(WFI) Russia finally has all its stadiums ready for the World Cup 45 days before the start of the tournament.
The final venue to open its doors and receive permission to host matches is in the city of Samara, in the southeastern part of the country with a population of over 1 million.
The new Samara Arena is a 45,000-seat structure that has struggled with delays and cost overruns after its original budget was set – like every other new Russian stadium – at $225 million. Although the final cost has not been made public, some experts set the final budget of the Samara venue at $320 million.
The delays in its construction stem from the disputes over costs between government officials and stadium contractors. At the center of their differences was the arena’s complex roof design — meant to evoke space to reflect Samara’s achievements in the space industry.
The contract to build that space-themed arena that was meant to look like a flying saucer was awarded to an established regional company four years ago.
The transparent dome of the venue was supposed to include an intricate set of beams that would light up the city skyline at night. However that translucent dome was finally replaced with a metal one and other corners were cut.
The regional authorities also contributed to the construction delays by adding shopping stores that made the arena 40 percent larger than originally expected.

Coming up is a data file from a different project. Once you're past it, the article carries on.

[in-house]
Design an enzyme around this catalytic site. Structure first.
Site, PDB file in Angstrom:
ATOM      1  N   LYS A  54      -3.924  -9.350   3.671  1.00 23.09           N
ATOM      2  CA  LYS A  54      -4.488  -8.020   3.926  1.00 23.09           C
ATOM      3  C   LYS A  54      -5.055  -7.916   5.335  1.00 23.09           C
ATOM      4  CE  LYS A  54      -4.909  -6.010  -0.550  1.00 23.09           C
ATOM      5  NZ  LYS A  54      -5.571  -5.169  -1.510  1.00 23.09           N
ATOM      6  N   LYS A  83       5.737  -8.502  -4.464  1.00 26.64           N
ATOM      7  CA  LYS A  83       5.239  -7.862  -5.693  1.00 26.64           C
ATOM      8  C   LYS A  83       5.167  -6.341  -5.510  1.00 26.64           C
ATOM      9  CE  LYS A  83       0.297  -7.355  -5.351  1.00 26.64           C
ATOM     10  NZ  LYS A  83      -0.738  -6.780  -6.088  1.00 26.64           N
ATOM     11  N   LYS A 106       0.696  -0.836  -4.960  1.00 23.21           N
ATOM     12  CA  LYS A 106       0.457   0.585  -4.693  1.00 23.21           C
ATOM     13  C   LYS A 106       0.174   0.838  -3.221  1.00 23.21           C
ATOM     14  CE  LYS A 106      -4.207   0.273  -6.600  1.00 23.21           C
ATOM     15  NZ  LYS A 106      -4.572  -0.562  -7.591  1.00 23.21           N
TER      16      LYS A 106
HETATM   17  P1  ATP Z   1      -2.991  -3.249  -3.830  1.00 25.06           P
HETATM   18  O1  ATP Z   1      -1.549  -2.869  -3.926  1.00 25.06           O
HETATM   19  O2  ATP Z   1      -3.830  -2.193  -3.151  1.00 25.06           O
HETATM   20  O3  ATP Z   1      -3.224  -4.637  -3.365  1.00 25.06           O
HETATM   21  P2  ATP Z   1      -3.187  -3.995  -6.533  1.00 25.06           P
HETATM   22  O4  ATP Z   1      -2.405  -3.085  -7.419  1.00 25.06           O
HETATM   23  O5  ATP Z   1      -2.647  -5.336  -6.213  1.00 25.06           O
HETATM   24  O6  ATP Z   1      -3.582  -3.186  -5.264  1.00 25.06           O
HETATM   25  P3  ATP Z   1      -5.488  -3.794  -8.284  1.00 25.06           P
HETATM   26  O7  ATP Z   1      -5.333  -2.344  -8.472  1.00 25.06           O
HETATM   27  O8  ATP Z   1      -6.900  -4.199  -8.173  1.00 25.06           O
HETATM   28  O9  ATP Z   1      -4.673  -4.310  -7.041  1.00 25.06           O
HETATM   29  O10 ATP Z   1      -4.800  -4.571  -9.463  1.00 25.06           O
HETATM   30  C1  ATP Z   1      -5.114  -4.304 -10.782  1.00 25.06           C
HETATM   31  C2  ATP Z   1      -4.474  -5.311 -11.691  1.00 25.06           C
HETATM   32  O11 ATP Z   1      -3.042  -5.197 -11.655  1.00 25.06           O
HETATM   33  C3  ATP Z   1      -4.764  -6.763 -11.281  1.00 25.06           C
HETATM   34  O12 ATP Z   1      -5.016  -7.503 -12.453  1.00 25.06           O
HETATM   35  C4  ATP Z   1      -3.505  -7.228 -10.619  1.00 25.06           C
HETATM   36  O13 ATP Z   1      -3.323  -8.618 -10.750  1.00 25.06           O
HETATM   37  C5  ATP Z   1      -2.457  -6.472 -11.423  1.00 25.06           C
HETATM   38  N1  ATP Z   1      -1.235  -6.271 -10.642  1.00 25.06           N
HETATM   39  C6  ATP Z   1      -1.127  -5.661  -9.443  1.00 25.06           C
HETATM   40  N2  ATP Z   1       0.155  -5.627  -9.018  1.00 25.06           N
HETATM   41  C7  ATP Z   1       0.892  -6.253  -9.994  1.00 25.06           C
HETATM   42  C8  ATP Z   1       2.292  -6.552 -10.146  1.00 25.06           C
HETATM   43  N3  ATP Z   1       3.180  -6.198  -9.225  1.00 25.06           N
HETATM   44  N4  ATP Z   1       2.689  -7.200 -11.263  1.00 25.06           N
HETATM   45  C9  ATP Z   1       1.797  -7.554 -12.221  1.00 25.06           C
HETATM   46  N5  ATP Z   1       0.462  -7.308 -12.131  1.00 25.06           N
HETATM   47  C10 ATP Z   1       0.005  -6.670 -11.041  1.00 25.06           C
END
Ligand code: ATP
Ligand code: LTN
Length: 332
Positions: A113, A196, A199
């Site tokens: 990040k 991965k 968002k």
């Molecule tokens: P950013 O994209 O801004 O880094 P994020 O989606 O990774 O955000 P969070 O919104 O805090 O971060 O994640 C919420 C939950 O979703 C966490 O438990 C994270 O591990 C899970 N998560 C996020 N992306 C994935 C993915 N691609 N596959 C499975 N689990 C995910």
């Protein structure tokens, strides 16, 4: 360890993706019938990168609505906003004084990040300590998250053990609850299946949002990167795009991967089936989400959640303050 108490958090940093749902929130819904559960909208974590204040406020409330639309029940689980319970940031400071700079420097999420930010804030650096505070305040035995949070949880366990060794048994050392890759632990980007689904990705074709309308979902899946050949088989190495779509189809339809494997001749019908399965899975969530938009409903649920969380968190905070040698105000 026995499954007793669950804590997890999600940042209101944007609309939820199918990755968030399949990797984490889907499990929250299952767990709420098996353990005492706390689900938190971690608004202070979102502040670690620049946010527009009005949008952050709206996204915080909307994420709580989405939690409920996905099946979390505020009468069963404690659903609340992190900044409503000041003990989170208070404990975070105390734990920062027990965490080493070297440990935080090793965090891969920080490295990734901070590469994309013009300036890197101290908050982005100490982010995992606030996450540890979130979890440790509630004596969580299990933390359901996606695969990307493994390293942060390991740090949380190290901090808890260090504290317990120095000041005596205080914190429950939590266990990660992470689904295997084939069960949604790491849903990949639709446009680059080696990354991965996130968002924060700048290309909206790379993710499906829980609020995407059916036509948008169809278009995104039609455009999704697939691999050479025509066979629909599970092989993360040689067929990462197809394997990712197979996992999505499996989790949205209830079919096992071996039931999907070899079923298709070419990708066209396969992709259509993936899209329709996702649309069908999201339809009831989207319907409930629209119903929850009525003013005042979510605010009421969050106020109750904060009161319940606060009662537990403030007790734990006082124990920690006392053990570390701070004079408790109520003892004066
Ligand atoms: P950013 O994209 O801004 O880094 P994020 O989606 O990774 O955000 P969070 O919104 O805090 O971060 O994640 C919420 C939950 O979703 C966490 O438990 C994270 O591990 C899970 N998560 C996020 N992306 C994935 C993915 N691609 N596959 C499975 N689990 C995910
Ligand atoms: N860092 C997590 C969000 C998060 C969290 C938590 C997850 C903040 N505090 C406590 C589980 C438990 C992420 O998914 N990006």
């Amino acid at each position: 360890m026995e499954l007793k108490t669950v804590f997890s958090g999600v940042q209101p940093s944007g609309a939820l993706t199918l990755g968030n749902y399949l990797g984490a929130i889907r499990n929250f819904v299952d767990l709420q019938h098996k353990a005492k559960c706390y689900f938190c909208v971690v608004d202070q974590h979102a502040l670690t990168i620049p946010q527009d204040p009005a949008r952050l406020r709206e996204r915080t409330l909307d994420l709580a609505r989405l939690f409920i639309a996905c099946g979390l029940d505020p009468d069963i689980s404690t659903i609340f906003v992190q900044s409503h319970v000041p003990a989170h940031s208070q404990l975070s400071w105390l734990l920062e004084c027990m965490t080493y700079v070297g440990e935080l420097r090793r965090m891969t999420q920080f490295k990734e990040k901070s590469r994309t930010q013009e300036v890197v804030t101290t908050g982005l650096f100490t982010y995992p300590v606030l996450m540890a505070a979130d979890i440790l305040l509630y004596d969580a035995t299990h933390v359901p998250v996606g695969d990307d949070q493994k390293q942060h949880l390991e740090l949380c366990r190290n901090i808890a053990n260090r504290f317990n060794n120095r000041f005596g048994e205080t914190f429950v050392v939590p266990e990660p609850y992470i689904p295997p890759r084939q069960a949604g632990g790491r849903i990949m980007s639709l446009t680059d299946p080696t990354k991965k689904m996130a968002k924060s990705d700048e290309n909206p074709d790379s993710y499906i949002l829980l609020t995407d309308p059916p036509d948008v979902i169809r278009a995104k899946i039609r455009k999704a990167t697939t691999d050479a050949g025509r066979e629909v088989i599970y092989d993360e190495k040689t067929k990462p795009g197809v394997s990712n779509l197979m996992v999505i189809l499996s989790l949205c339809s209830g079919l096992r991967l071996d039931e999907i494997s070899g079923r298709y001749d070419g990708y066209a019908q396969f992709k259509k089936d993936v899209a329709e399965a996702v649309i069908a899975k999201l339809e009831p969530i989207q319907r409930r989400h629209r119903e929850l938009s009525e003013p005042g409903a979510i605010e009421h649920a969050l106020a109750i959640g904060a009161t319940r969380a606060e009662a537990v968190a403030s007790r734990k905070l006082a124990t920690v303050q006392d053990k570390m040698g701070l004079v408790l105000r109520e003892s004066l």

Now Samara Arena is 156,000 square meters in size, making it the largest of the 12 World Cup stadiums in Russia.
During this summer’s FIFA World Cup, Samara will host a total of six matches: four group stage games, a match in the Last 16 stage and one of the quarterfinals.
The group stage matches to be played in Samara are: Costa Rica-Serbia on June 17, Denmark-Australia on June 21, Uruguay-Russia on June 25 and Senegal-Colombia on June 28.
The Samara Arena held its first test game on Saturday as local second-tier club Krylya Sovetov Samara came from behind to beat Fakel Voronezh 2-1 in front of around 14,000 fans.
Only parts of the stands were open for Saturday’s game, meant as an initial check of transport and other infrastructure.
The game kicked off with the speech by Dmitry Azarov, the acting governor of the Samara region. Honored veterans of Samara football, namely Andrei Karyaka, Ravil Aryapov, and Valerjan Panfilov, hit the ball as the symbolic start of the match.
After the 2018 World Cup tournament ends, the venue will be used as a home stadium for the city’s Krylya Sovetov Football Club.
Samara is a major transport hub thanks to its international airport, major railway station and busy river port. During the World War II, Samara, formerly known as Kuibyshev, was intended to become the second capital of the Soviet Union as all government departments and diplomatic corps were evacuated there from Moscow.
Russia will host its first FIFA World Cup from June 14 to July 15. Aside from Samara, the matches will take place in Moscow, St. Petersburg, Kaliningrad, Volgograd, Kazan, Nizhny Novgorod, Saransk, Rostov-on-Don, Yekaterinburg, and Sochi.
By INSIDER Javier Monne
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